That doesn't necessarily mean that forecasters will never be able to predict trends in climate over large regions, researchers say. But it seems to mean that forecasters will never be able to say in November that temperatures will reach 98 degrees on July 4, with thunderstorms in the afternoon.

"The fact that the climate is a chaotic system doesn't mean that you can't predict it," says Eugene M. Rasmusson, a meteorologist with the University of Maryland. "It means your ability to predict it is limited."

One ray of hope for long-range forecasters is the recognition in the past decade of the way El Nino drives global climate.

Every three to seven years, a pool of warm surface water in the western Pacific near the equator spreads eastward to the coast of South America. Meteorologists think this warm pool may be the planet's largest "engine" for pumping heat from the oceans into the atmosphere.

This warming, called El Nino or "The Christ Child" because it comes near Christmas, has been linked to droughts in Australia and sub-Saharan Africa, warmer-than-normal temperatures in central Siberia, heavy rains in northwest Europe and cold snaps in Greenland.

In the United States, it generally signals cooler, wetter winters in the southeast, and warmer, drier-than-normal weather across the northern states.

Most long-range forecasters track changes in the sea surface temperatures of the equatorial Pacific, figuring that the trend there will reverberate throughout the globe -- particularly in an El Nino year.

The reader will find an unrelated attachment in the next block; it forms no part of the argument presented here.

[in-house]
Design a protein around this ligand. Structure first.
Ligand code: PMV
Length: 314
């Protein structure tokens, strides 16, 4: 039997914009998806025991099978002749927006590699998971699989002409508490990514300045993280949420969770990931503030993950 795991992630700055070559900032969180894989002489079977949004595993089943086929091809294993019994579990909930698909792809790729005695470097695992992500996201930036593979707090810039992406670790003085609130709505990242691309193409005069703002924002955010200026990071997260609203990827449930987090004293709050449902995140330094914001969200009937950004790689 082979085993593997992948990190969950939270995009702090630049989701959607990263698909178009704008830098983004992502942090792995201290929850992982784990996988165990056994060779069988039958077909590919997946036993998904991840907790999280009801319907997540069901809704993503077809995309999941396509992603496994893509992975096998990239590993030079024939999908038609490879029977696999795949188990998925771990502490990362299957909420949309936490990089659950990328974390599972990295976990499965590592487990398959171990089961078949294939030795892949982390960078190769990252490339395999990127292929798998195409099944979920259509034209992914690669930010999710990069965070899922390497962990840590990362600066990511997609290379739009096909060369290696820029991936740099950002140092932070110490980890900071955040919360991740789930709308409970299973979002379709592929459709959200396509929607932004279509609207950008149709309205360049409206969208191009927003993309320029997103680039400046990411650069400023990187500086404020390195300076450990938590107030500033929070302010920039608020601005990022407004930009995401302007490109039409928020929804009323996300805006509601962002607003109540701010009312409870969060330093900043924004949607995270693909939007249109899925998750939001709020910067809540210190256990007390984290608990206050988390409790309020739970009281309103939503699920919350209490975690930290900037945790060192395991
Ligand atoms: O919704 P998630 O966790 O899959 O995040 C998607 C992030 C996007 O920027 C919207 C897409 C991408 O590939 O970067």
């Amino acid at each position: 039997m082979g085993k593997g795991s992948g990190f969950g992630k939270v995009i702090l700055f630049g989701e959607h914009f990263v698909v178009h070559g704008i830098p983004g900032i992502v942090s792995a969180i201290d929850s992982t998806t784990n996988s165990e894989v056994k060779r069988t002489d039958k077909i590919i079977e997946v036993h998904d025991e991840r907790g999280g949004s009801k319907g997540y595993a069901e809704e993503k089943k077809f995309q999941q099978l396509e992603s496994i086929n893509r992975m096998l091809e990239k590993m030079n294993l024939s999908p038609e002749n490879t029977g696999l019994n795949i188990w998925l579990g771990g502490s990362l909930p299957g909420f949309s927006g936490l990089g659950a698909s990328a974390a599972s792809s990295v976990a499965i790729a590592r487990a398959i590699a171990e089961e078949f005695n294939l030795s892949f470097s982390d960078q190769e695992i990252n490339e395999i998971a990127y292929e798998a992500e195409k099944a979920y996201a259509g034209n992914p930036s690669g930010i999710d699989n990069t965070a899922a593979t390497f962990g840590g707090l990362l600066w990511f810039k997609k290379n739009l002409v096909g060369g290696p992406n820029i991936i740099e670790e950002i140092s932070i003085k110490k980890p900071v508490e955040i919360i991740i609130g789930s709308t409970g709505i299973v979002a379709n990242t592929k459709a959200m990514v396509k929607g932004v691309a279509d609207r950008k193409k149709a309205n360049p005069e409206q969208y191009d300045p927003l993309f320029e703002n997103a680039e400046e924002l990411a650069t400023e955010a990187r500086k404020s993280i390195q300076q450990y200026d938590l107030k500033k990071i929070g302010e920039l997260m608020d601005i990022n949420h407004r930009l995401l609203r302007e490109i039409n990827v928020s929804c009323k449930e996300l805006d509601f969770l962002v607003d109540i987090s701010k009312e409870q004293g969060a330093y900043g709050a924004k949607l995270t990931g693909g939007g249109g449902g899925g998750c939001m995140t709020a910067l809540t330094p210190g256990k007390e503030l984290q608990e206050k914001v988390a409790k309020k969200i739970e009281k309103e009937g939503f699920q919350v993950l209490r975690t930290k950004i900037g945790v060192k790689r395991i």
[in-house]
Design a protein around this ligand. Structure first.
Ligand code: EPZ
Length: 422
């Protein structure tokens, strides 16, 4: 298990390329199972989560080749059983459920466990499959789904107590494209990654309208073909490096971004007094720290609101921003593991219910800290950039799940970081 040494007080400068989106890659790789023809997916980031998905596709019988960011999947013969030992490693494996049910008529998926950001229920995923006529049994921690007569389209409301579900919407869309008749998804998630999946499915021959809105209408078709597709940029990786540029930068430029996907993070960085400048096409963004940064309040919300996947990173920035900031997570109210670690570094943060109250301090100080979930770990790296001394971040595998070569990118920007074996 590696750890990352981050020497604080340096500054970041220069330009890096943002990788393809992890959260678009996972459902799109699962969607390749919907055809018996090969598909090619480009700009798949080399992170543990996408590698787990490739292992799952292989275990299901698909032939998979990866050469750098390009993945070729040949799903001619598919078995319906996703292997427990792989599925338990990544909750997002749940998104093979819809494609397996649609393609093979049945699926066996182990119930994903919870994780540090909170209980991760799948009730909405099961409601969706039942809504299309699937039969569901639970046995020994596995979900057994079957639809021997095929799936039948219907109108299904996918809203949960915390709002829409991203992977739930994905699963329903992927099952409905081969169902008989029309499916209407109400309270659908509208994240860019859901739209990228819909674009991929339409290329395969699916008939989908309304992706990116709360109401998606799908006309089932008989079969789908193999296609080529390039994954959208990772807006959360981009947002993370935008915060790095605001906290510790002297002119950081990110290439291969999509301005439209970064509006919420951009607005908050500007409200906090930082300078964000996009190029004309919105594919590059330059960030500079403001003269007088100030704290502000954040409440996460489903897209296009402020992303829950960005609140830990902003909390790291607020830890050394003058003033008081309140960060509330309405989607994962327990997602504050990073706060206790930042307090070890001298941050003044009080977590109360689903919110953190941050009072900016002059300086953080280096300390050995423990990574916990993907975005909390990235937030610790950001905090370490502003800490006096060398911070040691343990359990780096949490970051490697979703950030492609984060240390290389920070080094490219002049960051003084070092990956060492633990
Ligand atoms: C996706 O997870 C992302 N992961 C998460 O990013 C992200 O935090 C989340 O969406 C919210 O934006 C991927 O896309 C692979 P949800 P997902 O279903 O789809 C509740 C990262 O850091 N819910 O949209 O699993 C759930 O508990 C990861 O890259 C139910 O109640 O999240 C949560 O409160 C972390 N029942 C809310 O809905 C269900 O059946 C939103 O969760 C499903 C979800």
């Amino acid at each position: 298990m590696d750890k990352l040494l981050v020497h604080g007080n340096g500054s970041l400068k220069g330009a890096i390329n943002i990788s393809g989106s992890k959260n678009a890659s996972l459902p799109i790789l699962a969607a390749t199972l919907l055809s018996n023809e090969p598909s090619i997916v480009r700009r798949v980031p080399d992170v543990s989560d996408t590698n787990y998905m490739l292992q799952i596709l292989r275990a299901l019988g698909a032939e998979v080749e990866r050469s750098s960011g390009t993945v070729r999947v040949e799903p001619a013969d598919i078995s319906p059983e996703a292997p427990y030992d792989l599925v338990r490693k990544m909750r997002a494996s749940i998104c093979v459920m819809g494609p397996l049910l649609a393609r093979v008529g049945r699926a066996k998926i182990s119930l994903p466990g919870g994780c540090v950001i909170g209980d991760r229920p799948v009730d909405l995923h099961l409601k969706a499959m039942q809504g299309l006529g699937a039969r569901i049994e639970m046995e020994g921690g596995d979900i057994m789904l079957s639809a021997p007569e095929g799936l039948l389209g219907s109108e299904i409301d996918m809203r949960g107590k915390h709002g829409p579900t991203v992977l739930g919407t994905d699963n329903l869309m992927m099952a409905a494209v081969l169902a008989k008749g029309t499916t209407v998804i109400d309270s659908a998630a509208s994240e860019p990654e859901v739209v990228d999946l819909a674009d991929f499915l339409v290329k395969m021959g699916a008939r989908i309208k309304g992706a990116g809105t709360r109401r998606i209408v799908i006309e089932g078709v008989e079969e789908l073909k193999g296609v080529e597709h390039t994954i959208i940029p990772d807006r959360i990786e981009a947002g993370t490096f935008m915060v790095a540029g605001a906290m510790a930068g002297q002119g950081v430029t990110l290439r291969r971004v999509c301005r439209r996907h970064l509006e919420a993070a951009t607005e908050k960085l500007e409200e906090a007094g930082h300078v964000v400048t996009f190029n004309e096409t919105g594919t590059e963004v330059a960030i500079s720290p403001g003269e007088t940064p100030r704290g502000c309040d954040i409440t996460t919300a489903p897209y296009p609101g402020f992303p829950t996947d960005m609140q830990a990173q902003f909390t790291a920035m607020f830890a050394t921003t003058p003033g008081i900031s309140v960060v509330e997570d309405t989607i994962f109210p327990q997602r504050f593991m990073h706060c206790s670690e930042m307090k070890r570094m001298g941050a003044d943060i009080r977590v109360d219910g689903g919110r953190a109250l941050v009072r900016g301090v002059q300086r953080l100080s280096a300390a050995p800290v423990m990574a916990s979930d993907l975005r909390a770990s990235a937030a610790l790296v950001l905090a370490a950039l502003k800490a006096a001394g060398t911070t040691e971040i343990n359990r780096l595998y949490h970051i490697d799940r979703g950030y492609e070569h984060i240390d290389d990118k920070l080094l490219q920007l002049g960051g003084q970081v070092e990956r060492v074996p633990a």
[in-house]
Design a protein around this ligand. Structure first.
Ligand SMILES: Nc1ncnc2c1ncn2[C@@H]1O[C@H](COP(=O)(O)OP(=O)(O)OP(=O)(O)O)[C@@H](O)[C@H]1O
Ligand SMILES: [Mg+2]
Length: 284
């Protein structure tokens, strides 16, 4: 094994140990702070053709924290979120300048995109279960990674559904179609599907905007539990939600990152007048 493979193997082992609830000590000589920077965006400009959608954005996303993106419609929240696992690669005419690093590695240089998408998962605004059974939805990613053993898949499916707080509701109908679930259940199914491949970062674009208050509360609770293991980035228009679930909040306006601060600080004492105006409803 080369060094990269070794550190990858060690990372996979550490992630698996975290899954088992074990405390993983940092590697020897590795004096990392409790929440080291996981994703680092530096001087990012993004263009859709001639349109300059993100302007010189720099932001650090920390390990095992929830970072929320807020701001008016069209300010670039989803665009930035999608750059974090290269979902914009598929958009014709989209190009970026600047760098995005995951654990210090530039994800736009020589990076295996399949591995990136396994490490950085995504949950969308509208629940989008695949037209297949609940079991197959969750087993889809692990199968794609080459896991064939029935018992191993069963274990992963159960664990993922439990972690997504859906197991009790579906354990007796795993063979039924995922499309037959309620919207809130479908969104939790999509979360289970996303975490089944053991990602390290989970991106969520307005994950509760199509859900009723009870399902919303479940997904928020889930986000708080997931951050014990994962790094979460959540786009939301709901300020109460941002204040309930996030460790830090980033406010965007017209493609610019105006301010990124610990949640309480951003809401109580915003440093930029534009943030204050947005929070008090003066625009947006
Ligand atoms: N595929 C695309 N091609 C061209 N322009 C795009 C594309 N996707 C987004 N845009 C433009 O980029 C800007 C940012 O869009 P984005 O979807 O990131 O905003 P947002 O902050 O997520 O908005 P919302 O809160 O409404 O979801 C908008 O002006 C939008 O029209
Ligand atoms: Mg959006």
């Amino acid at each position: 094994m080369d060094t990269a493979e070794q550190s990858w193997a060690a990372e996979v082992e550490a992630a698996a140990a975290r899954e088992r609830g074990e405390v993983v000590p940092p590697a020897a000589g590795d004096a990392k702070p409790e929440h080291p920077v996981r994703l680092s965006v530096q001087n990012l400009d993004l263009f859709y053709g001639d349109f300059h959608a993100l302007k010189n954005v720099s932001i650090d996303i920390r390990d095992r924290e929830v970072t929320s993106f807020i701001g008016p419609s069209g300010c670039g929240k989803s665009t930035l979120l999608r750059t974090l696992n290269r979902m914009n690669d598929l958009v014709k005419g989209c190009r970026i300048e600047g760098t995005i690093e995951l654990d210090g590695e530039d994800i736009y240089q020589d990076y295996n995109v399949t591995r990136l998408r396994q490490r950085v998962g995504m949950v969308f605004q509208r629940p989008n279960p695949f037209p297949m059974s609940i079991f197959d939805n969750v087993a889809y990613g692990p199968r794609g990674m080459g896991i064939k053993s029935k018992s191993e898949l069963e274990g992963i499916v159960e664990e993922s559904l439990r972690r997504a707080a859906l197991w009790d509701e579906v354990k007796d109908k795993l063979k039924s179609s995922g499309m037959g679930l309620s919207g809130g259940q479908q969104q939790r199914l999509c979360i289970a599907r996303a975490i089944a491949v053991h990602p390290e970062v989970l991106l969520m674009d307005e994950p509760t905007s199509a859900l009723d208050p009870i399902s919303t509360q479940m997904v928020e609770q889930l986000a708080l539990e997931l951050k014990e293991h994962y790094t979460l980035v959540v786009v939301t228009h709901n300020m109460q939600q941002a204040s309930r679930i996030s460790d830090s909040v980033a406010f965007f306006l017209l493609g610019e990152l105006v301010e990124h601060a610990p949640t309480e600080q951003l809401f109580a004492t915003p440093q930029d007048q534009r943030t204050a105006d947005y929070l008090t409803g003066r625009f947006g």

The most ambitious effort to achieve climate clairvoyance is probably one led by Ants Leetmaa at the National Weather Service.

Dr. Leetmaa's team of nine scientists has fashioned a model similar to those used for three- and five-day forecasts. But instead of just looking at North America a few days ahead, the BTC model is designed to predict the weather over a wide swath of the globe on both sides of the Equator, including the southern United States, nine months in advance.

Dr. Leetmaa publicly says his team has had "a modicum of success." Privately, team members have told colleagues their tests show exciting results.

Exciting or not, all the forecasters appear to have a long way to go.

Three major groups studying the El Nino cycle have come up with three different predictions of Pacific sea surface temperatures -- one shows it cooling, one warming and one predicts it will stay near normal.

Timothy P. Barnett and Nicholas Graham, research meteorologists at the Scripps Institute of Oceanography in California, have a statistical model that predicts a cooling in the next few months.

Stephen E. Zebiak and Mark Cane at Columbia University, meanwhile, predict a flat year -- nothing out of the ordinary -- in the equatorial Pacific.

Dr. Leetmaa's group predicts what no one else expects: a warming trend, though not a full-fledged El Nino, beginning in December.

"I'm not very upset with my forecast . . . We're out on a limb," Dr. Leetmaa says.